In Avant, the Court itemized and discussed sequentially the critical due process guarantees which must be afforded an inmate facing "grievous loss."*fn3 The first such requirement is "notice." As the Court said in Avant, both the holdings of the United States Supreme Court, see, e.g., Wolff v. McDonnell, 418 U.S. 539, 94 S. Ct. 2963, 41 L. Ed. 2d 935 (1974), and the standards adopted by the Department itself require "that written notice . . . be given to the disciplinary action defendant in order to inform him of the charges and to enable him to marshal the facts and prepare a defense." Avant, supra, 67 N.J. at 525; see also Fisher v. Hundley, supra, 240 N.J. Super. at 158, (referring to the "Kafkaesque predicament of having to defend against evidence that was totally undisclosed"). In Fisher, this court reversed and remanded a disciplinary conviction in part because the vague notice to the appellant had misled him as to the actual charge against him.

That basic notice requirement, essential if an accused is to have a reasonable opportunity to meet and defend against a charge, must specify as precisely as reasonably possible, just what the accused is said to have done. The requirement is explicitly recognized in the New Jersey Administrative Code, N.J.A.C. 10A:4-9.15(b)1ii, which provides that when the charge against the accused is based on the accusation of a CI, the accused is entitled to have "[T]he informant's statement . . . in language that is factual rather than a conclusion, . . . ."

Here, that principle was clearly violated. We can see no reason why the charge against Daley could not have set out the language he is said to have used. Instead, he was charged with "planning of an assault" against Lt. Pascucci, and he was told the CI had heard him say, "he was planning an assault" on Lt. Pascucci. To the extent that he was given more precise information, the information was misleading and inaccurate. While he was told the CI had heard him say, "That Pascucci, if I ever get out, I'll get him. If I don't, I'll get someone else to do it," in fact the CI quoted Daley as saying only that he was not going to do anything until he got what he apparently wanted.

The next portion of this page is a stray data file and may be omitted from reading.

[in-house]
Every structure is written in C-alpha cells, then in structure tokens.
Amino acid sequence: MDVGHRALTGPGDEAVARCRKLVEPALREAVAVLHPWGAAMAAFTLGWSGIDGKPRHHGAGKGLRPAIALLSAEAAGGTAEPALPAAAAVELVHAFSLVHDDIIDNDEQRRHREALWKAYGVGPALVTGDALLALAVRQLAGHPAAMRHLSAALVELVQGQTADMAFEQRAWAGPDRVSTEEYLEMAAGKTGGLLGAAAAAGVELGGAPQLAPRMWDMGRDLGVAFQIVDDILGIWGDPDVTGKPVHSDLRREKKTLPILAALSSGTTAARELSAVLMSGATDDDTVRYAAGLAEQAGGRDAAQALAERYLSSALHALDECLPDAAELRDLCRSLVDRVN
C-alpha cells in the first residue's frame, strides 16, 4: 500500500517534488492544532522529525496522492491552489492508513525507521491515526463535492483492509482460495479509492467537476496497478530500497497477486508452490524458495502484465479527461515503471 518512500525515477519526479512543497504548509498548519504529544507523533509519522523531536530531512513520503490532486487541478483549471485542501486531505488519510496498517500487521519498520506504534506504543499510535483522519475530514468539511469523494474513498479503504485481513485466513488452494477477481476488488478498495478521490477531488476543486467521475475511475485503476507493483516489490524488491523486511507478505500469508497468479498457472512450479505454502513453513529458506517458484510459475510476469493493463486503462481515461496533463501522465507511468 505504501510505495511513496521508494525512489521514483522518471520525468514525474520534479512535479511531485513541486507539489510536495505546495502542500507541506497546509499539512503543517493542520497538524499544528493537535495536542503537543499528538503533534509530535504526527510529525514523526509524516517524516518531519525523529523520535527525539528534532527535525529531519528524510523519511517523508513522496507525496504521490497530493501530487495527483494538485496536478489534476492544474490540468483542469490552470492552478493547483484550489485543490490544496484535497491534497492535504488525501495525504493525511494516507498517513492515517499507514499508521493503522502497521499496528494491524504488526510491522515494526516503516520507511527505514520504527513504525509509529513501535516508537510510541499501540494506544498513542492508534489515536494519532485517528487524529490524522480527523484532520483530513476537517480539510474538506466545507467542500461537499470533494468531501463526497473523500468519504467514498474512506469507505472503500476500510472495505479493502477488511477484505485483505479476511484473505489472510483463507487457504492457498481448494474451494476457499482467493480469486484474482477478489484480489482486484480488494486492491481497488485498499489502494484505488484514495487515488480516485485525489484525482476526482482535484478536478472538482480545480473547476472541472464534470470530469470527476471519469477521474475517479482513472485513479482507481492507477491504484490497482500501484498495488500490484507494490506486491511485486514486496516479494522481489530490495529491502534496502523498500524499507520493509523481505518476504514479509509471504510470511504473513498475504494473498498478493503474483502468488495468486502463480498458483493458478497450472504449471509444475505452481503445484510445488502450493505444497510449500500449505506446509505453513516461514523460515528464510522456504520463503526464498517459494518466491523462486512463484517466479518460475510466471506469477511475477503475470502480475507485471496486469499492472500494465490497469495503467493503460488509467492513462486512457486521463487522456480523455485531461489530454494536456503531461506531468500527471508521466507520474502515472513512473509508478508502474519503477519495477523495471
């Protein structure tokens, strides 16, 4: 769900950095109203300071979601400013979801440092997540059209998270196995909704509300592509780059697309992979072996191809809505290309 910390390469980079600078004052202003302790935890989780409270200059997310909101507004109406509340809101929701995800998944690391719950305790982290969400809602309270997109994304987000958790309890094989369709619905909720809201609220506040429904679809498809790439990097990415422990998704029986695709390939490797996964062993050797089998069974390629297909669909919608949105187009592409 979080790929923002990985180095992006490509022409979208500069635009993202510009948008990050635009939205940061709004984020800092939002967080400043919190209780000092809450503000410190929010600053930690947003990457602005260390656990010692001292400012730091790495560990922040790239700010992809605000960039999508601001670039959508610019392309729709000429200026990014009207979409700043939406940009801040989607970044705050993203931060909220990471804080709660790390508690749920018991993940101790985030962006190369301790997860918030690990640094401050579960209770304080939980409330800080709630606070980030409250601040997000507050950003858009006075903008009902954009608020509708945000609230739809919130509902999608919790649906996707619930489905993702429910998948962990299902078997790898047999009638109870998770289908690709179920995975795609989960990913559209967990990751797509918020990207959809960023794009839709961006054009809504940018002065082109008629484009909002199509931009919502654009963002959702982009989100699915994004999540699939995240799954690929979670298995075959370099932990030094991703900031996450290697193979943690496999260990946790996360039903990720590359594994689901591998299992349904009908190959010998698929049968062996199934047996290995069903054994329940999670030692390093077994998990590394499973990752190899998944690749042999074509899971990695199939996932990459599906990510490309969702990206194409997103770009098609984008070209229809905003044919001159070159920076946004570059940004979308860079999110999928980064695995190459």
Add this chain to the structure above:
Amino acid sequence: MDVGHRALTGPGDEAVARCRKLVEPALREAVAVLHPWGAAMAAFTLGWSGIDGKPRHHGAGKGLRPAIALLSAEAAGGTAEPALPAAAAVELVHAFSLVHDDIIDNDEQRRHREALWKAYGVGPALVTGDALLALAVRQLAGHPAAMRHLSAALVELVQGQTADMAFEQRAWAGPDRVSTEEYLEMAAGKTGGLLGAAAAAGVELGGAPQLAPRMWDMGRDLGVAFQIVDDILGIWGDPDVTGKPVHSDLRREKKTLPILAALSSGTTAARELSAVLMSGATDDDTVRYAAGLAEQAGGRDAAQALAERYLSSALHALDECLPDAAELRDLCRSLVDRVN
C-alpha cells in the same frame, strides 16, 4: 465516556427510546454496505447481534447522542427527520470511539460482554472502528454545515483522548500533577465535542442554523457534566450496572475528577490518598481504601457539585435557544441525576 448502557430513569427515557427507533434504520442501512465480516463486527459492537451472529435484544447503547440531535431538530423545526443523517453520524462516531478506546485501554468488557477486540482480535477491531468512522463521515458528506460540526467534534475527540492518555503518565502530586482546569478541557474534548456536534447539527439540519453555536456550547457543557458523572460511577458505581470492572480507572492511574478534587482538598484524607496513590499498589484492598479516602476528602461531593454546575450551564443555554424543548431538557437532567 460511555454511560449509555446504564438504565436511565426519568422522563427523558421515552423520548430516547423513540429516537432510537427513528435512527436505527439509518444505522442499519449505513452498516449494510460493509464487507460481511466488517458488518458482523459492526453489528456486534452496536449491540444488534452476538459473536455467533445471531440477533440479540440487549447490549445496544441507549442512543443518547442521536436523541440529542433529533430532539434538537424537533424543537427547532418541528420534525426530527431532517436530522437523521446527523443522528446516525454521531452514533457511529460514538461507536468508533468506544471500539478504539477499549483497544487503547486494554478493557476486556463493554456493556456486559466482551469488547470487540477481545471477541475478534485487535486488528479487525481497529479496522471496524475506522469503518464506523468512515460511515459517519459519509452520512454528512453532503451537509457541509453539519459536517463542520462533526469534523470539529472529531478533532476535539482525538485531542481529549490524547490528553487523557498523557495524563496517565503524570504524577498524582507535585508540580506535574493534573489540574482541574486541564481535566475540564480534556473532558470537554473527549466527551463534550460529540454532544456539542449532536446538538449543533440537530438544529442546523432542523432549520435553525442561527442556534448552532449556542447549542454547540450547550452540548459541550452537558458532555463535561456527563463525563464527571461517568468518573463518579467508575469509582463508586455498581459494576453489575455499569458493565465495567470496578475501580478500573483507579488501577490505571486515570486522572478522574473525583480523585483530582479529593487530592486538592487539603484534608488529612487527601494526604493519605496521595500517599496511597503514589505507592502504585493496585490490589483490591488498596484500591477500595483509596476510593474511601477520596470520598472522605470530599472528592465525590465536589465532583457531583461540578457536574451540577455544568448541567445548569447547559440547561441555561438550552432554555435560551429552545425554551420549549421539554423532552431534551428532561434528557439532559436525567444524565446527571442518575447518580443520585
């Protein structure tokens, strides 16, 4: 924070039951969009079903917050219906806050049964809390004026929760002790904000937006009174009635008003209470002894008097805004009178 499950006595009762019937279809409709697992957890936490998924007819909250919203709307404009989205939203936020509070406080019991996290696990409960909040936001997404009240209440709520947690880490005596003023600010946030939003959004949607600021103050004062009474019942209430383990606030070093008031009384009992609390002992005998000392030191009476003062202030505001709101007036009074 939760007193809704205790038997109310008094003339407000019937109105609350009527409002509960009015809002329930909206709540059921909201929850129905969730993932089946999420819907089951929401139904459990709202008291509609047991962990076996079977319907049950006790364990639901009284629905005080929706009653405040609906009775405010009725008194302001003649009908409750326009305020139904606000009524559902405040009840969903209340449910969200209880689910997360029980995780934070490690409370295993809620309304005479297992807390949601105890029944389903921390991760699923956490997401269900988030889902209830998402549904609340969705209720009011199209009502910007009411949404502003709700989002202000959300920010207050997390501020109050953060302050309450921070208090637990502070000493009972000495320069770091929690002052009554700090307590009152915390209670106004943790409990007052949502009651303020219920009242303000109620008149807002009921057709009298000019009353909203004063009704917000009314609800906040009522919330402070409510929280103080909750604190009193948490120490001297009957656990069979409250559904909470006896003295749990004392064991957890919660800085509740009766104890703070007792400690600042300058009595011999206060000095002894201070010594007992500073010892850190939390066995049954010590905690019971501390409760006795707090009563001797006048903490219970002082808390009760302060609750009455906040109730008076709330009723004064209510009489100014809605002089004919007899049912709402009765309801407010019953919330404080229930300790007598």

That comment (on which the Department's entire case against Daley seems to be based) is, at best, ambiguous. The Department apparently contends that the words used represented an implicit or explicit expression of willingness to participate in a plot against Pascucci. But that is obviously a conclusion; it is not a "factual" statement of what appellant is alleged to have said.

It may be that on proper notice to appellant, and after giving him a reasonable opportunity to meet the charge, the Department can prove its case and show that Daley's words did indeed demonstrate his participation in the plot charged. But that is not a foregone conclusion. Daley must be given an opportunity to argue or show the contrary. To exercise that right, he must be told what it is he is supposed to have said. Then, he may claim that he never made the statement, or he may acknowledge that he made the statement but argue that it does not mean what the Department says it means. He may also have some other explanation or defense. Whatever the case, he must be given a factual statement of what he is charged with--and not merely a broad allegation in conclusory language--and he must be given an opportunity to meet that charge. The Constitution and the controlling decisions of the courts of this State and the United States require nothing less.

The matter is reversed and remanded to the Department for further proceedings consistent with this opinion.